The shift to suicide operatives is not only a reaction to increased security but also the result of an evolution in ideology: Suicide bombings have become more widely embraced by jihadist militants than they were in the early 1990s. As a result, the jihadist use of suicide bombers has increased dramatically in recent years. The success and glorification of suicide operatives, such as the 9/11 attackers, has been an important factor in this ideological shift.

One of the most recent suicide attacks was the Aug. 28 attempt by al Qaeda in the Arabian Peninsula (AQAP) to assassinate Saudi Prince Mohammed bin Nayef. In that attack, a suicide operative smuggled an assembled IED containing approximately one pound of high explosives from Yemen to Saudi Arabia concealed in his rectum. While in a meeting with Mohammed, the bomber placed a telephone call and the device hidden inside him detonated.

In an environment where militant operational planning has shifted toward concealed IED components, this concept of smuggling components such as explosive mixtures inside of an operative poses a daunting challenge to security personnel — especially if the components are non-metallic. It is one thing to find a quantity of C-4 explosives hidden inside a laptop that is sent through an X-ray machine; it is quite another to find that same piece of C-4 hidden inside someone's body. Even advanced body-imaging systems like the newer backscatter and millimeter wave systems being used to screen travelers for weapons are not capable of picking up explosives hidden inside a person's body. Depending on the explosive compounds used and the care taken in handling them, this method of concealment can also present serious challenges to explosive residue detectors and canine explosive detection teams. Of course, this vulnerability has always existed, but it is now highlighted by the new tactical reality. Agencies charged with airline security are going to be forced to address it just as they were previously forced to address shoe bombs and liquid explosives.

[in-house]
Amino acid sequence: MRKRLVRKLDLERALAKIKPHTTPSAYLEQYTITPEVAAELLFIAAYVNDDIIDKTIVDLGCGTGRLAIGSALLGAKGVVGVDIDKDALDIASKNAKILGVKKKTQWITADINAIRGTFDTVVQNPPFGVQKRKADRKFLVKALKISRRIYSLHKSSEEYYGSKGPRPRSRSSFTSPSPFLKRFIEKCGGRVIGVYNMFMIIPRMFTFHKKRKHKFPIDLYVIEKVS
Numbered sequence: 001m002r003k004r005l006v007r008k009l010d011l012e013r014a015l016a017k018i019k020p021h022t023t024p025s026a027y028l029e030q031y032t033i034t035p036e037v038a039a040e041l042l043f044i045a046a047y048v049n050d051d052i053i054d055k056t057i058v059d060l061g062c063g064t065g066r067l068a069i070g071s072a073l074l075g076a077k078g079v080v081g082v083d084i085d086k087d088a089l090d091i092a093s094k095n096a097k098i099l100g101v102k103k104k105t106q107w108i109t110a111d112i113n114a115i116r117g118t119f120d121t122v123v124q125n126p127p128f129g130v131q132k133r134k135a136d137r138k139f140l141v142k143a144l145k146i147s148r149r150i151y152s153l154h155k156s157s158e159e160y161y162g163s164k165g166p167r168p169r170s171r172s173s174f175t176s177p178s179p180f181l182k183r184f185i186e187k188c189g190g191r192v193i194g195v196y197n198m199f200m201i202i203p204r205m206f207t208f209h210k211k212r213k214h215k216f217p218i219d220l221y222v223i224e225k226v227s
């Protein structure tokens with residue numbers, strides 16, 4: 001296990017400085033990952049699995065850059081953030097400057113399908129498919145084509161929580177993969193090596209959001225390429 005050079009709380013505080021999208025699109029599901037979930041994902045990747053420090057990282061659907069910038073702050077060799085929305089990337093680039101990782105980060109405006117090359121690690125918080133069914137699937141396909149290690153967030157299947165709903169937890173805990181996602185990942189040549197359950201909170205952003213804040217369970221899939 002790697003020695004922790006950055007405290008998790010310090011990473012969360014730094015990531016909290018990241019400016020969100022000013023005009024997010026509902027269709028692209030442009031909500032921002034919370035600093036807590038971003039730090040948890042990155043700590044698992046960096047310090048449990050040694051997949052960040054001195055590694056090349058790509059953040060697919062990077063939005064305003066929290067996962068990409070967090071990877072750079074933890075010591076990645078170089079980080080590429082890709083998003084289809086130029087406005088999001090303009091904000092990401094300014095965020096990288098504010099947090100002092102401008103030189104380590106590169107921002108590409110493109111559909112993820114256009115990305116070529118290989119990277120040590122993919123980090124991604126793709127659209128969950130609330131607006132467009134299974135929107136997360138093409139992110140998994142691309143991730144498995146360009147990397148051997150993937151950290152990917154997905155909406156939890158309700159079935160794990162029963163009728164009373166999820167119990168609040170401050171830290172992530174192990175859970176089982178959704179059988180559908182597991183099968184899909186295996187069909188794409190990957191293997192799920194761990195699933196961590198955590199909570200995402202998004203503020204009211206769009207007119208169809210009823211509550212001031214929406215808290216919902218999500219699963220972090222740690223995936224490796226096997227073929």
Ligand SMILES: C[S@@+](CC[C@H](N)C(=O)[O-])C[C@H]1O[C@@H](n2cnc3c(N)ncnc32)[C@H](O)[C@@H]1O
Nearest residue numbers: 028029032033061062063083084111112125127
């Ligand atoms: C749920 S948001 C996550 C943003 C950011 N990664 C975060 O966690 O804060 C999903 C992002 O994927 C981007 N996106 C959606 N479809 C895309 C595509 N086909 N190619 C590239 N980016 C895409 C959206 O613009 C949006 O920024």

Actors

Currently, there are three different actors in the jihadist realm. The first is the core al Qaeda group headed by bin Laden and Ayman al-Zawahiri. The core al Qaeda organization has been hit hard over the past several years, and its operational ability has been greatly diminished. It has been several years since the core group has conducted a spectacular terror attack, and it has focused much of its effort on waging the ideological battle as opposed to the physical battle.

The second group of actors in the jihadist realm involves the regional al Qaeda franchise groups or allies, such as al Qaeda in the Arabian Peninsula, Jemaah Islamiyah and Lashkar-e-Taiba. These regional jihadist groups have conducted many of the most spectacular terrorist attacks in recent years, such as the November 2008 Mumbai attacks and the July 2009 Jakarta bombings.

The third group of actors is the grassroots jihadist militants, who are essentially do-it-yourself terrorist operatives. Grassroots jihadists have been involved in several plots in recent years, including suicide bomb plots in the United States and Europe.

In terms of terrorist tradecraft such as operational planning and bomb-making, the core al Qaeda operatives are the most advanced, followed by the operatives of the franchise groups. The grassroots operatives are generally far less advanced in terms of their tradecraft. However, any of these three actors are capable of constructing a device to conduct an attack against an airliner. The components required for such a device are incredibly simple — especially so in a suicide attack where no timer or remote detonator is required. The only components required for such a simple device are a main explosive charge, a detonator (improvised or otherwise) and a simple initiator such as a battery in the case of an electric detonator or a match or lighter in the case of a non-electric detonator.